Stefan Storey, PhD. is co-founder and CEO of Sensible Building Science (SBS), a sustainable technology start-up that aims to make buildings smarter and more responsive to the needs of occupants. Stefan has an interdisciplinary engineering background and is a specialist in building science. In this interview with Ken Sinclair, Publisher of AutomatedBuildings.com (and regular columnist for The Connected Contractor eNewsletter), he discusses the future of building automation.
Sinclair: Who is Sensible Building Science? What is your vision?
Storey: We are a Vancouver-based team of sustainability and computer science geeks. We have the vision to revolutionize how buildings learn from people. We are now over two years old, and already have over a million square feet of commercial space using our energy saving solutions with analytics serving over 100,000 occupants in real-time. We are dedicated to helping building owners and managers attain comfortable and energy efficient buildings with our automated virtual occupancy metering solutions.
Sinclair: What is virtual occupancy metering?
Storey: Virtual occupancy metering (VOM) is a method of people-counting without the need for physical sensors. It’s like Google Traffic, but for indoor environments. Our solution, called Bridge, uses existing Wi-Fi activity data to generate VOM data and enable occupant-demand control of building heating, ventilation, and air conditioning (HVAC) systems, without the need to install new equipment such as motion detectors, video cameras, or physical sensors.
Sinclair: How can Bridge result in energy efficiency and improve comfort?
Storey: The Bridge finds energy savings from optimized automation of HVAC control, by communicating occupancy changes to the Building Automation System (BAS). The Bridge is a good solution for busy commercial buildings. With over 90% accuracy and a response time of 180 seconds, it’s much faster and more precise than CO2 response. The Bridge is also low maintenance because it uses existing Wi-Fi infrastructure which means there is no sensor calibration or maintenance; it can also help facility owners by reducing the number of comfort complaints. Additionally, because our solution can detect unscheduled occupancy, we can trigger real-time HVAC response wherever people gather making sure people have optimal comfort.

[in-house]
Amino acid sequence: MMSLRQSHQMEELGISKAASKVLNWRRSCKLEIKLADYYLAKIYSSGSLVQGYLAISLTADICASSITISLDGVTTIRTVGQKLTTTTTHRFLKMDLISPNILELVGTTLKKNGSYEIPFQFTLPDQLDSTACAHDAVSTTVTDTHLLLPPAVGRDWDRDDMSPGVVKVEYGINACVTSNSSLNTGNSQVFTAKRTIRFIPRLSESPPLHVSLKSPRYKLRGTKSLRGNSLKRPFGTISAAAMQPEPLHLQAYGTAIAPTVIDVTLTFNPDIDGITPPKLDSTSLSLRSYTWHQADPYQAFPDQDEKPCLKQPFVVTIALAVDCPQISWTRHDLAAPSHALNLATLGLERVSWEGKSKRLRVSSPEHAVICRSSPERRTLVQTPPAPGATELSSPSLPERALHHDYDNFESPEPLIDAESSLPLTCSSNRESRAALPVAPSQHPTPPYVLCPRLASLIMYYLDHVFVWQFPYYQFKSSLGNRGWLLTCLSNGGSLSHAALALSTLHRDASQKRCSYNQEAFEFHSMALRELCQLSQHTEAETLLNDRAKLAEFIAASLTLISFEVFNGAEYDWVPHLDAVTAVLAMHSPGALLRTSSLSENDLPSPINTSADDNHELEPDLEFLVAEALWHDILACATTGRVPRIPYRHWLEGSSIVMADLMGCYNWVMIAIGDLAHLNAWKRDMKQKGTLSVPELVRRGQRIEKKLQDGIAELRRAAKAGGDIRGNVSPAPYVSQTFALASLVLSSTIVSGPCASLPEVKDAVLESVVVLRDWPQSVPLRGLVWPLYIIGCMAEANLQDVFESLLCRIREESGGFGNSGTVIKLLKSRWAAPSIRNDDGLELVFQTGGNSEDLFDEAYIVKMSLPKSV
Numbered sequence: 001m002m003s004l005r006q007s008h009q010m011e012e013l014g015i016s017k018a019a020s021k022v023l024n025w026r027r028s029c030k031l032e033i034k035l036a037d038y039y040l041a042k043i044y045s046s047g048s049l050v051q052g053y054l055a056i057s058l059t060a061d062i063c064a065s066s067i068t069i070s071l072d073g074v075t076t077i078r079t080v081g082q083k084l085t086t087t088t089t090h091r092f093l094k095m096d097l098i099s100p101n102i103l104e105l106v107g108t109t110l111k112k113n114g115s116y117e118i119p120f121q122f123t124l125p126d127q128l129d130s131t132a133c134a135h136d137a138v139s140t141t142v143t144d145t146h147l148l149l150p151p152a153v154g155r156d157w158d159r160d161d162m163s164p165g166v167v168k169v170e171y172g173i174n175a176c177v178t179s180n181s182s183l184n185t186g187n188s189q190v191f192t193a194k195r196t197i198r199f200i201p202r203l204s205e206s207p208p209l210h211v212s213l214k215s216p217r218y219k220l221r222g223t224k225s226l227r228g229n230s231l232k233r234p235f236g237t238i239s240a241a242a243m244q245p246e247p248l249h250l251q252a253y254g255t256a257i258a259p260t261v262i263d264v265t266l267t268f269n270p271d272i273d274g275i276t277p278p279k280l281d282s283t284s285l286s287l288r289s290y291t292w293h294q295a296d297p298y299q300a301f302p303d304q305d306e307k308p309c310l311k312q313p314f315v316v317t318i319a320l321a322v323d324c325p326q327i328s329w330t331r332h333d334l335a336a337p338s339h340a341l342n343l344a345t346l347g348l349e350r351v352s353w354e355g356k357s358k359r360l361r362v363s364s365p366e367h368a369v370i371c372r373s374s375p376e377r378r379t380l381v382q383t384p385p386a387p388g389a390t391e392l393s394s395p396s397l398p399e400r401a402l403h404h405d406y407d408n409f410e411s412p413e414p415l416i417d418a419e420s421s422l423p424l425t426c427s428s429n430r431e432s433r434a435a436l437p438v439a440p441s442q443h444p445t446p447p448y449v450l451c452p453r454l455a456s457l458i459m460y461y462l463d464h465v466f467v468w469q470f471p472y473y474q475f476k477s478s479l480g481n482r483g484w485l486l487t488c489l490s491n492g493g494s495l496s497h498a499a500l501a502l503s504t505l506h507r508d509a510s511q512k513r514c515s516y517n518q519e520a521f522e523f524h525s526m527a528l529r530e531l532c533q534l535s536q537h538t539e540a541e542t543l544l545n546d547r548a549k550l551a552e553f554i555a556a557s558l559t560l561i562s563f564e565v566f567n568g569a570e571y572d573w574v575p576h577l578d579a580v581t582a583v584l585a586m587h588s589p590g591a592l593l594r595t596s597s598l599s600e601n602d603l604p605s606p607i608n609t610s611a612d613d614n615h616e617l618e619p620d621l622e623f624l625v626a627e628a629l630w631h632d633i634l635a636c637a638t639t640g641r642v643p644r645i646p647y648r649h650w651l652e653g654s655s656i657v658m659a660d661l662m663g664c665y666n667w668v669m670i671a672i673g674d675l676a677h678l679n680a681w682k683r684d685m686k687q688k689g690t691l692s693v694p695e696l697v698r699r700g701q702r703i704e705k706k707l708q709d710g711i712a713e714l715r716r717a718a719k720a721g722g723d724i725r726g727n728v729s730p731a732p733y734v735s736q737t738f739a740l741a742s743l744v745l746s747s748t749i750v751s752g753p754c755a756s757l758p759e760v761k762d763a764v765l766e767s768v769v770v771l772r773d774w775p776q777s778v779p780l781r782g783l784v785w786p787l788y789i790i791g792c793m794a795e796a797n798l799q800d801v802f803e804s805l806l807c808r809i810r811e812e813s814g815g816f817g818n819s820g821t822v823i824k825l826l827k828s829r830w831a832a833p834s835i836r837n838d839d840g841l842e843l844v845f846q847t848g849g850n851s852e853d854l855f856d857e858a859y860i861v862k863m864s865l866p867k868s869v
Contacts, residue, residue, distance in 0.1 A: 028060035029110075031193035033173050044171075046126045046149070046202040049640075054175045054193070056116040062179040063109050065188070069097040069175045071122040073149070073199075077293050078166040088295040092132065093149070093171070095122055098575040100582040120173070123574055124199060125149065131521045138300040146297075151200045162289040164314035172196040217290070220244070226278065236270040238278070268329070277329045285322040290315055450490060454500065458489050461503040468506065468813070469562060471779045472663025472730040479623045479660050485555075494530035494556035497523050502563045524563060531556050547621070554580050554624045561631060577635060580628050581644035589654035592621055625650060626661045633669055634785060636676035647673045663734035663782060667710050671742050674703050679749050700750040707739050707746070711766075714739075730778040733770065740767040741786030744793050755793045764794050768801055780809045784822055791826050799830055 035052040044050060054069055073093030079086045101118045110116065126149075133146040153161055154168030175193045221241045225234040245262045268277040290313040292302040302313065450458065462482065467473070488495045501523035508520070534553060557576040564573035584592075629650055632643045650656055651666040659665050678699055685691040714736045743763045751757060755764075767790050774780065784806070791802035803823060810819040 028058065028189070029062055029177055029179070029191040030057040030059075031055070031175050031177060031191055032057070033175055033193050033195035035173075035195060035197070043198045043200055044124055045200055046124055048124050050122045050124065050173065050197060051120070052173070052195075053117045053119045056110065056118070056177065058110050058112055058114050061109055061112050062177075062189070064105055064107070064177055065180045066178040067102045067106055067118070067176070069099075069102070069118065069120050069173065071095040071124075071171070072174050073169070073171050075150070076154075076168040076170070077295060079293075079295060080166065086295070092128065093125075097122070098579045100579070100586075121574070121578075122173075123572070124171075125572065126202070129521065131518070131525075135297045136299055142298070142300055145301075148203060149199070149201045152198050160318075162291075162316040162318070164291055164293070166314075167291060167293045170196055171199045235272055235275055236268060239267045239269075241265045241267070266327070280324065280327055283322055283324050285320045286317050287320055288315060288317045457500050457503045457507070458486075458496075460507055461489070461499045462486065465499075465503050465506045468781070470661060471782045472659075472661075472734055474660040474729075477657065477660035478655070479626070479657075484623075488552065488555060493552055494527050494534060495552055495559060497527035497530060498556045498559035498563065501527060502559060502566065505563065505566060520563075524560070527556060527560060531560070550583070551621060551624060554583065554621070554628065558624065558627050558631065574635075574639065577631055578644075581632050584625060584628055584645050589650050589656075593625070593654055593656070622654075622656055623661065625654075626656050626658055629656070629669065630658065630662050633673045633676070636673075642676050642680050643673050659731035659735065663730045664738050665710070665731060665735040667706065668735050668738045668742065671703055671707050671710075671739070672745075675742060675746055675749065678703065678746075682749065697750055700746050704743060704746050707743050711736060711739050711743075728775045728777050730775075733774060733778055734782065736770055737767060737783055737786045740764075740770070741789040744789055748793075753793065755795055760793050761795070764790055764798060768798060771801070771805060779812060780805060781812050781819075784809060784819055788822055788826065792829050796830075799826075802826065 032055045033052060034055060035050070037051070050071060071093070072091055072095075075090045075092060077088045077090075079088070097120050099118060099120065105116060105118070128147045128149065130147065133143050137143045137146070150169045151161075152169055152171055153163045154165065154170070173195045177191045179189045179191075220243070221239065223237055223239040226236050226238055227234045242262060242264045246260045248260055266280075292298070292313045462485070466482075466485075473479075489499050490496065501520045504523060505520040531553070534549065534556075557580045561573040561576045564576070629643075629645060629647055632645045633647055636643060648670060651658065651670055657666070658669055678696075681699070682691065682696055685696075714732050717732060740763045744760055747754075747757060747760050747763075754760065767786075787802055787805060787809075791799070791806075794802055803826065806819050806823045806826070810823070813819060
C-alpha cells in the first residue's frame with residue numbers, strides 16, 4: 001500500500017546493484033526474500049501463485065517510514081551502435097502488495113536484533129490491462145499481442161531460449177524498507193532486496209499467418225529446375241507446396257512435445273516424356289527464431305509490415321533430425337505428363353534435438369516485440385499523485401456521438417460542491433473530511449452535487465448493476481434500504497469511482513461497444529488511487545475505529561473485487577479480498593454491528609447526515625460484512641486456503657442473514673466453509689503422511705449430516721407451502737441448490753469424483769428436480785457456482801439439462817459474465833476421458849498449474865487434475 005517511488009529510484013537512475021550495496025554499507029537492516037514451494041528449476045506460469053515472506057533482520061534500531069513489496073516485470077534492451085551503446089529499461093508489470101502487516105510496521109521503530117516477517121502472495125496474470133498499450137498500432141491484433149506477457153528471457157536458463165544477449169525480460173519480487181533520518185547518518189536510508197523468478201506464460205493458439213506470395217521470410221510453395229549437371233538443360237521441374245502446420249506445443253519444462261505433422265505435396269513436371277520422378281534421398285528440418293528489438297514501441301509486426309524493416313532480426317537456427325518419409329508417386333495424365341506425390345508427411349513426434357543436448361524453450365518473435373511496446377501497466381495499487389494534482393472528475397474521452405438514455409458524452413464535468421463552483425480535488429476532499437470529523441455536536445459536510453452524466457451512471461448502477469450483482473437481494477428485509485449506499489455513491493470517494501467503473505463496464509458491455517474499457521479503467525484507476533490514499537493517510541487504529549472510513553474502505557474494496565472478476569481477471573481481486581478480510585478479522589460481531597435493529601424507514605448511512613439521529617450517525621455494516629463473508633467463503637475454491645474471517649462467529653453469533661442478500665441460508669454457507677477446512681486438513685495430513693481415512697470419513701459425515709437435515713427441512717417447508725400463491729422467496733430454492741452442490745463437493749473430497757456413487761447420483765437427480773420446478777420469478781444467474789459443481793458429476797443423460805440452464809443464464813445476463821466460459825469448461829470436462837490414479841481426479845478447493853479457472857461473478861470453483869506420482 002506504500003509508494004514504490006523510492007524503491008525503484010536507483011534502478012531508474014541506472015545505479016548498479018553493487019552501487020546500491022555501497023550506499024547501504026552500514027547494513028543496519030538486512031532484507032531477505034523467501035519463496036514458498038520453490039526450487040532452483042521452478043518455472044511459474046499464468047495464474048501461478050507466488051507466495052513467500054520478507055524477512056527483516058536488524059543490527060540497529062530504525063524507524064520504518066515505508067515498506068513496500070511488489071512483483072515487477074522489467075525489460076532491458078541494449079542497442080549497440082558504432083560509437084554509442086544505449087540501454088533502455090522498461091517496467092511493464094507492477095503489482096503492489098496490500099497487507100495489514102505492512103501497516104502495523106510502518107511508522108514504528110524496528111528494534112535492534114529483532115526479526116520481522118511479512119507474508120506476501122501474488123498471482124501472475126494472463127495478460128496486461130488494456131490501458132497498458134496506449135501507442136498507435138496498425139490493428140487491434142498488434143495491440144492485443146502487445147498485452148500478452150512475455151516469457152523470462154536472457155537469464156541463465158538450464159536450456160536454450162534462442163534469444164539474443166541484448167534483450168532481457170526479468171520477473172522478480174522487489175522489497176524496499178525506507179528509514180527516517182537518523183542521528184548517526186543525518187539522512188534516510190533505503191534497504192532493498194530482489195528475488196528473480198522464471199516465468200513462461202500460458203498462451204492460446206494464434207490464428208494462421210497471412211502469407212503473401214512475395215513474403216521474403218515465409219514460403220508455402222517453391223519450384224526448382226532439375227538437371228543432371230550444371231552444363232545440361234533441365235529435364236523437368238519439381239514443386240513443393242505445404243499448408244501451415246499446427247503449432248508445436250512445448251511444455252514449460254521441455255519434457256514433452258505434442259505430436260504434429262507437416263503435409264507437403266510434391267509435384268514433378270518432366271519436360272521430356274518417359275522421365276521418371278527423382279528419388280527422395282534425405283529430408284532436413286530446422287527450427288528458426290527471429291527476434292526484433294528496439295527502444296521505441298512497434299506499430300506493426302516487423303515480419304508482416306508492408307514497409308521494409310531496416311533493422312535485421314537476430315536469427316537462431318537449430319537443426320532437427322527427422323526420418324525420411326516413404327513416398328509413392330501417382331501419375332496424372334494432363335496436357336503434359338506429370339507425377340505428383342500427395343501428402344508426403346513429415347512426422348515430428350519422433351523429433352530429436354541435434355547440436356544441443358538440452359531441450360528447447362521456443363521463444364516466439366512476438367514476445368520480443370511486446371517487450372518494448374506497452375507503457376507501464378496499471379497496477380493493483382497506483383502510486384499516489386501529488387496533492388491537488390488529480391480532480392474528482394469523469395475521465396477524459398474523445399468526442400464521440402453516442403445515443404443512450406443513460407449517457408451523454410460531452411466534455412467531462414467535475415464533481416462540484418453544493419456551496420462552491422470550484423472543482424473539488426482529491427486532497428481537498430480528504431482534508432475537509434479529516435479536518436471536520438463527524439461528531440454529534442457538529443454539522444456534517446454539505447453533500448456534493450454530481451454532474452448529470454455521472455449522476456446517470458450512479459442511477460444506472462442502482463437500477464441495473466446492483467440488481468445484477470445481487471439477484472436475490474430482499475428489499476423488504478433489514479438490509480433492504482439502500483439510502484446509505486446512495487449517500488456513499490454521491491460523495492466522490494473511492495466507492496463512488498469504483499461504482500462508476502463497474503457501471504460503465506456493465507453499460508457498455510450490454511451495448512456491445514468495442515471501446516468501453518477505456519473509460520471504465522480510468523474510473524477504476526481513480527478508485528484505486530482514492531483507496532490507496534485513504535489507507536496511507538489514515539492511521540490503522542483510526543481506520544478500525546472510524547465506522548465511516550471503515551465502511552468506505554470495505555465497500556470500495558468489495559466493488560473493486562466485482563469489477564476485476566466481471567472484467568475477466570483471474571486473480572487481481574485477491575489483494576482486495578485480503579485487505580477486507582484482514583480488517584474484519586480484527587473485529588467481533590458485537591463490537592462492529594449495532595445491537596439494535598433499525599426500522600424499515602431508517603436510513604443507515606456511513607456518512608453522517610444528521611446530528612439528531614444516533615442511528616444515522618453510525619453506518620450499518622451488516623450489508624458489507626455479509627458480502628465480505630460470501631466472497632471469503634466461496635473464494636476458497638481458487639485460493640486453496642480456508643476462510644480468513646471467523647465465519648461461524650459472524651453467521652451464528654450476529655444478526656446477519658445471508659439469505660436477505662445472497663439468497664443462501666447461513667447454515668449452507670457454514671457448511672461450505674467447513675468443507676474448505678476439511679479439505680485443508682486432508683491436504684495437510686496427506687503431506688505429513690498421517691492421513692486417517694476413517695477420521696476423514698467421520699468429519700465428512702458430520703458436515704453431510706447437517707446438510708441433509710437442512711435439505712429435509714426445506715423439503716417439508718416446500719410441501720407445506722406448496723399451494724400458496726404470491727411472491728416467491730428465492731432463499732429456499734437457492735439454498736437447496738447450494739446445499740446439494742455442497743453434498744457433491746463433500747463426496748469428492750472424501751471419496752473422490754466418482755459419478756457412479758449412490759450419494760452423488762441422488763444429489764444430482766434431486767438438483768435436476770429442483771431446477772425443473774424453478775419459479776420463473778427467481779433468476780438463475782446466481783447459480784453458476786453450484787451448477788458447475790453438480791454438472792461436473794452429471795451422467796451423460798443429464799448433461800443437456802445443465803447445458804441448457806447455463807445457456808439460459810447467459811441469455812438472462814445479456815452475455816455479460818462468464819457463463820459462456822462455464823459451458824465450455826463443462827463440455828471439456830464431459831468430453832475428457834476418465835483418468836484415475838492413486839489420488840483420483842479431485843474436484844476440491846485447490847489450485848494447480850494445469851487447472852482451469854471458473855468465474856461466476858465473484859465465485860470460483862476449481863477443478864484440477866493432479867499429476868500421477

Sinclair: Do you have any measurement and verification data. Have you proven it works?
Storey: We have completed extensive testing at three different university campuses. Our M&V methodology, which was reviewed and approved by our British Columbia’s utility provider (BC Hydro), has measured an average of whole-building energy savings of 5% annually. Most of these saving have been gained in building zones that have variable occupancy. It’s surprising how often rooms have low occupancy; these areas are perfect for deep energy savings. In lecture halls with periodic classes, we have reduced fan-time run hours by 20-40%. Conversely, where people are gathering at off-schedule hours, the HVAC will be woken-up activated which will consume more energy than normal. Of course, comfort is more important than energy savings, so at these times HVAC is using more energy than the baseline . However, on average, almost all building areas gain savings. The payback on the solution has been proven between 2.7-5.4 years, faster than most demand-side solutions.